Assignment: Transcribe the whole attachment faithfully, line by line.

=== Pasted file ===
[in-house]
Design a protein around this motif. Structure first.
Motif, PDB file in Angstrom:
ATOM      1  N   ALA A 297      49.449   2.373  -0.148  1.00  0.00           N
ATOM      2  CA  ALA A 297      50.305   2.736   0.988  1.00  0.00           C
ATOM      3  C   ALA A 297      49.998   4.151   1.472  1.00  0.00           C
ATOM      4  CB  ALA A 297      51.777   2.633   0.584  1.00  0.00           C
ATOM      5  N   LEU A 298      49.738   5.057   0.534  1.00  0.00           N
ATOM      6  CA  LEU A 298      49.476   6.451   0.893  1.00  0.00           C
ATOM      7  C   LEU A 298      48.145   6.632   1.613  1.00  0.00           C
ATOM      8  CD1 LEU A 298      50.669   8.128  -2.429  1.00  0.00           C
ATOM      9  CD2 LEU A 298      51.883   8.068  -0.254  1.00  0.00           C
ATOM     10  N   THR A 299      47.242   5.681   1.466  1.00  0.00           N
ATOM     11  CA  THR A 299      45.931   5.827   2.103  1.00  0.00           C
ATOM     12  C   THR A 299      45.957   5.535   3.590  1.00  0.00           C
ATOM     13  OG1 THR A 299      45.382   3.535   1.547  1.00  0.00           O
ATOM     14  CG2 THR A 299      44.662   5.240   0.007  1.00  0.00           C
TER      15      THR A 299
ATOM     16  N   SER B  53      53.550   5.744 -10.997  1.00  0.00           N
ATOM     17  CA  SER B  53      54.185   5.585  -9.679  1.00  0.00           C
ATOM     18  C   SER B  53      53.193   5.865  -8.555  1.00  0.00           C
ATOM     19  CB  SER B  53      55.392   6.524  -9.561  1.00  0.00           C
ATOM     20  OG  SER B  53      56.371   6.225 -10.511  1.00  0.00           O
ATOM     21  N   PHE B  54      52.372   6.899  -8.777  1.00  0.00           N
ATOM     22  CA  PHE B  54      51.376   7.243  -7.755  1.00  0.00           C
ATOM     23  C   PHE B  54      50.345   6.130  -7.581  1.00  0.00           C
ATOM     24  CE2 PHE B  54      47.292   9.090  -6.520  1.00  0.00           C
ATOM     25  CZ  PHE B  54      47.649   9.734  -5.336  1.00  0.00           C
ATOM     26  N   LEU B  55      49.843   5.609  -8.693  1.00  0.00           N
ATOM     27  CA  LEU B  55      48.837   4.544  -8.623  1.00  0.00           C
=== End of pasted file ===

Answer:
[in-house]
Design a protein around this motif. Structure first.
Motif, PDB file in Angstrom:
ATOM      1  N   ALA A 297      49.449   2.373  -0.148  1.00  0.00           N
ATOM      2  CA  ALA A 297      50.305   2.736   0.988  1.00  0.00           C
ATOM      3  C   ALA A 297      49.998   4.151   1.472  1.00  0.00           C
ATOM      4  CB  ALA A 297      51.777   2.633   0.584  1.00  0.00           C
ATOM      5  N   LEU A 298      49.738   5.057   0.534  1.00  0.00           N
ATOM      6  CA  LEU A 298      49.476   6.451   0.893  1.00  0.00           C
ATOM      7  C   LEU A 298      48.145   6.632   1.613  1.00  0.00           C
ATOM      8  CD1 LEU A 298      50.669   8.128  -2.429  1.00  0.00           C
ATOM      9  CD2 LEU A 298      51.883   8.068  -0.254  1.00  0.00           C
ATOM     10  N   THR A 299      47.242   5.681   1.466  1.00  0.00           N
ATOM     11  CA  THR A 299      45.931   5.827   2.103  1.00  0.00           C
ATOM     12  C   THR A 299      45.957   5.535   3.590  1.00  0.00           C
ATOM     13  OG1 THR A 299      45.382   3.535   1.547  1.00  0.00           O
ATOM     14  CG2 THR A 299      44.662   5.240   0.007  1.00  0.00           C
TER      15      THR A 299
ATOM     16  N   SER B  53      53.550   5.744 -10.997  1.00  0.00           N
ATOM     17  CA  SER B  53      54.185   5.585  -9.679  1.00  0.00           C
ATOM     18  C   SER B  53      53.193   5.865  -8.555  1.00  0.00           C
ATOM     19  CB  SER B  53      55.392   6.524  -9.561  1.00  0.00           C
ATOM     20  OG  SER B  53      56.371   6.225 -10.511  1.00  0.00           O
ATOM     21  N   PHE B  54      52.372   6.899  -8.777  1.00  0.00           N
ATOM     22  CA  PHE B  54      51.376   7.243  -7.755  1.00  0.00           C
ATOM     23  C   PHE B  54      50.345   6.130  -7.581  1.00  0.00           C
ATOM     24  CE2 PHE B  54      47.292   9.090  -6.520  1.00  0.00           C
ATOM     25  CZ  PHE B  54      47.649   9.734  -5.336  1.00  0.00           C
ATOM     26  N   LEU B  55      49.843   5.609  -8.693  1.00  0.00           N
ATOM     27  CA  LEU B  55      48.837   4.544  -8.623  1.00  0.00           C